4 Cross-Sectoral Regulation: It is necessary to address potential conflicting uses of ABNJ, such as bottom fishing activities and seabed mining, and coordination among competent bodies, 81 crosssectoral co-ordination among sectoral bodies, and to address all activities impacting marine biodiversity in ABNJ, as well as issues of competing jurisdictions and uses. 82 There needs to be coordination of the implementation of measures at the sectoral and regional levels. 83 It is necessary to prevent cumulative impacts 84 and manage user conflicts, 85 and to develop cross-sectoral integrated management approaches. 86 The accelerating impacts from various pressures as well as manage conflicting uses need to be addressed. Management measures are needed that would address possible future impacts in addition to those already taking place. 87 Marine Science: Gaps include the lack of a centralized data repository for the results of research in ABNJ, 88 the need to increase South-South cooperation, including in relation to MGR, 89 and the need for further scientific research in ABNJ to fill data gaps. 90 Technology Transfer and Capacity Building: In light of the limited implementation of Part XIV of UNCLOS on the development and transfer of marine technology, there are difficulties in achieving technology transfer. 91 In light of the fact that several research initiatives are independent, there is a need for global mechanisms for technology transfer and data sharing, as well as to protect commercially confidential data and address data access, including through data protocols. 92 Capacity-building should not be considered as a single activity but as complex series of interrelated activities. Sustainable capacity-building activities are needed. 93 Transparency: Transparency in oceans governance is required. The Rio+20 Outcome Document The Future We Want stated that We need institutions at all levels that are effective, transparent, accountable and democratic, 94 and for effective governance called for an institutional framework that will enhance coherence, reduce fragmentation and overlap and increase effectiveness, efficiency and transparency, while reinforcing coordination and cooperation, promote full and effective participation of all countries in decision-making processes and enhance the participation and effective engagement of civil society and other relevant stakeholders in the relevant international fora, and promote transparency and broad public participation and partnerships to implement sustainable development. 95 Some recent global initiatives related to oceans, including in relation to ABNJ, need to be more transparent and to take better account of the interests of, and the need for involvement of, developing countries Advance and unedited Co-Chairs summary of discussions at the Ad Hoc Open-ended Informal Working Group to study issues relating to the conservation and sustainable use of marine biological diversity beyond national jurisdiction (2014). At 7.pdf ( 2014 Co-Chairs Summary ). 2 Intersessional Workshops aimed at improving understanding of the issues and clarifying key questions as an input to the work of the Working Group in accordance with the terms of reference annexed to General Assembly resolution 67/78: Summary of proceedings prepared by the co-chairs of the Working Group (Advance, Unedited version). At ( Workshops Report ). 3 Duncan Currie, Synthesis of Gaps Identified in Co-Chairs BBNJ Workshop. July At ry%20final%20text-2.pdf. 4 Where relevant, the legal or regulatory gap is discussed in the context of the applicable agenda item for the June BBNJ meeting: the scope and parameters of an international instrument under the Convention (5(a) or the feasibility of such an international instrument (5(b)), and identified as: (i) overall objective and starting point; (ii) legal framework for an international instrument; (iii) relationship to other instruments; (iv) guiding approaches; (v) guiding principles; Page 4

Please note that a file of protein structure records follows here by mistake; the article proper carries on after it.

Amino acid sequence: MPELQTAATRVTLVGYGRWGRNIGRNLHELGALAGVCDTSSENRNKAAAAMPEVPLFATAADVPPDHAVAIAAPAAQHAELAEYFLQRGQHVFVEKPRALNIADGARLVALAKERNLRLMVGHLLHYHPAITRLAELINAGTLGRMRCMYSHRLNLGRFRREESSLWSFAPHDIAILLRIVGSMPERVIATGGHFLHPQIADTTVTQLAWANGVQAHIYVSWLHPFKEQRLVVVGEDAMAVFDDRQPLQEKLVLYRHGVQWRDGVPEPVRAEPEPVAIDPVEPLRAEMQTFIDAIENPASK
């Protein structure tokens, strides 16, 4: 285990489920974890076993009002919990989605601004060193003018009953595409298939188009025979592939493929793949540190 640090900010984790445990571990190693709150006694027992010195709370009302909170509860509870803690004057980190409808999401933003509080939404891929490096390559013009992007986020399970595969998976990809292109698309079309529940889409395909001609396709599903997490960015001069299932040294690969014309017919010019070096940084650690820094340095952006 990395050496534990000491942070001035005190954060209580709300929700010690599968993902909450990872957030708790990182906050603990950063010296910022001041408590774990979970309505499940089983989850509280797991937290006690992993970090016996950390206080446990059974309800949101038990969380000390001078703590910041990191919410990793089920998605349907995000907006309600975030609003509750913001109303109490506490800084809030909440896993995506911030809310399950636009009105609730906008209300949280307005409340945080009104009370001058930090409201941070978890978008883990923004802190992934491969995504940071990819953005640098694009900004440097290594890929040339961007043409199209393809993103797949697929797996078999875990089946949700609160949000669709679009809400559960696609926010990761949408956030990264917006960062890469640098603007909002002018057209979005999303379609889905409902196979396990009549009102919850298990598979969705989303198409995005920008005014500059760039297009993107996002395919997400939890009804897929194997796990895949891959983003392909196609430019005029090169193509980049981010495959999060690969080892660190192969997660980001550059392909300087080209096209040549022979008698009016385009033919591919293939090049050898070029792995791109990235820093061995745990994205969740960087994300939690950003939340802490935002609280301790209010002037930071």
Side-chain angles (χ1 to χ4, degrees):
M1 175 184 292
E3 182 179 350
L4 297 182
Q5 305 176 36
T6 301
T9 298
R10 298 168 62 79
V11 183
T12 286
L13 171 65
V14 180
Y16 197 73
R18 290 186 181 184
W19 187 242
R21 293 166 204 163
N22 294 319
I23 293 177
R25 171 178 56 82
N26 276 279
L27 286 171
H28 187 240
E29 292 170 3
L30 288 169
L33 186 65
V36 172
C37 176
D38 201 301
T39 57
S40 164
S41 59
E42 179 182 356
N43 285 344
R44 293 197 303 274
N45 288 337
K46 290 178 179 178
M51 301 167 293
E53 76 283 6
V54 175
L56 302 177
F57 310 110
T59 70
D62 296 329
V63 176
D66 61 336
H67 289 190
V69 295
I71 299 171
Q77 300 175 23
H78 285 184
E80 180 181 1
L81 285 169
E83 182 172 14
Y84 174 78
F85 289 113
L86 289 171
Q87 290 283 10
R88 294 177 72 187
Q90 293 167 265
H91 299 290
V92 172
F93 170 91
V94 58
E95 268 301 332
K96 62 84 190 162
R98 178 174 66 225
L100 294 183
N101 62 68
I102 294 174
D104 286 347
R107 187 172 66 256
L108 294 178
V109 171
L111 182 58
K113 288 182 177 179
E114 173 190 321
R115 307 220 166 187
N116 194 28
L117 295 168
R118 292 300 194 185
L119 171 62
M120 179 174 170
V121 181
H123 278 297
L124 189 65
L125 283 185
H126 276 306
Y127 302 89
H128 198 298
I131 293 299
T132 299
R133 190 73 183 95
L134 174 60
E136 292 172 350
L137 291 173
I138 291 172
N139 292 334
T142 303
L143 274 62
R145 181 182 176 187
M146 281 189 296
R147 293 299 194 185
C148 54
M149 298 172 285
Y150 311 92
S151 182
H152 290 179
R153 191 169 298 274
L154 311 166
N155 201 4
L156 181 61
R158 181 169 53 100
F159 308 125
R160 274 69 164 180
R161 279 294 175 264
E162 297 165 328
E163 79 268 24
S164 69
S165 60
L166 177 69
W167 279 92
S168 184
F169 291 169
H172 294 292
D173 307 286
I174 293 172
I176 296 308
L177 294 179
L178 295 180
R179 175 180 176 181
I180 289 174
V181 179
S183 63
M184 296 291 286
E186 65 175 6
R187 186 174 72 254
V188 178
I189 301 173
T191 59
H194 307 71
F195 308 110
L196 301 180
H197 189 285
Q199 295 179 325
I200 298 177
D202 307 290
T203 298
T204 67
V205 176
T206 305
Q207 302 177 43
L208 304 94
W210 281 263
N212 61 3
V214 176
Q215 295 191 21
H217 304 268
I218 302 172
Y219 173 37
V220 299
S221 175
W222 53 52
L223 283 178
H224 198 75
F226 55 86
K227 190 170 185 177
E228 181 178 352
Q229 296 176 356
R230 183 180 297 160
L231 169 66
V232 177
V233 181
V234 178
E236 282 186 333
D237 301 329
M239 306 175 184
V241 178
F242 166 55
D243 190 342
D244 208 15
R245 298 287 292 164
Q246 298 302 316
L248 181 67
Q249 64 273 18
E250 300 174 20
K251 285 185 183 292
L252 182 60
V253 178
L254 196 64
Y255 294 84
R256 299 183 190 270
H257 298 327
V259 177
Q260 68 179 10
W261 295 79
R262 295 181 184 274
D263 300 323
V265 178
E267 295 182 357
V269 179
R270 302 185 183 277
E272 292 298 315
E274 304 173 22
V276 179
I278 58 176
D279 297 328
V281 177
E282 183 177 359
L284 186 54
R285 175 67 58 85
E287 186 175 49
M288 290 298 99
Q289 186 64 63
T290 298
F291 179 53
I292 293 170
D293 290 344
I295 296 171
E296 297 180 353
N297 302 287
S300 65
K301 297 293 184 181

5 (vi) scope ratione personae; (vii) scope ratione loci; (viii) scope ratione materiae; (ix) enabling elements and means of implementation. 5 The Package is to address the conservation and sustainable use of marine biodiversity in areas beyond national jurisdiction, in particular, together and as a whole, marine genetic resources, including questions on the sharing of benefits, measures such as area-based management tools, including marine protected areas, and environmental impact assessments, capacity-building and the transfer of marine technology. UNGA resolution 66/231 (2011) paragraph 167. At Package in the Annex to that resolution: The Ad Hoc Open-ended Informal Working Group, having met from 31 May to 3 June 2011 in accordance with paragraph 163 of General Assembly resolution 65/37 A of 7 December 2010, recommends that: (a) A process be initiated, by the General Assembly, with a view to ensuring that the legal framework for the conservation and sustainable use of marine biodiversity in areas beyond national jurisdiction effectively addresses those issues by identifying gaps and ways forward, including through the implementation of existing instruments and the possible development of a multilateral agreement under the United Nations Convention on the Law of the Sea; 1 (b) This process address the conservation and sustainable use of marine biodiversity in areas beyond national jurisdiction, in particular, together and as a whole, marine genetic resources, including questions on the sharing of benefits, measures such as area-based management tools, including marine protected areas, and environmental impact assessments, capacity-building and the transfer of marine technology; Co-Chairs para 27 and Summary Appendix Co-Chairs Summary para Co-Chairs Summary para Co-Chairs Summary: Appendix : Informal Co-Chairs overview of issues raised during the first round of discussions on the scope, parameters and feasibility of an international instrument under the United Nations Convention on the Law of the Sea (UNCLOS) ( Appendix ) Co-Chairs Summary Appendix Co-Chairs Summary para Co-Chairs Summary para Co-Chairs Summary para Co-Chairs Summary para Co-Chairs Summary para Workshops Report, para Workshops Report, para Workshops Report, para It was noted that it is challenging to conserve and sustainably use marine biodiversity in ABNJ without an overarching legally-binding mandate and framework setting out goals and purposes. Workshops Report, para Co-Chairs Summary para Co-Chairs Summary para. 17 and Appendix Co-Chairs Summary para Co-Chairs Summary para Workshops Report, para Workshops Report, para Workshops Report, para Workshops Report, paras. 15, Page 5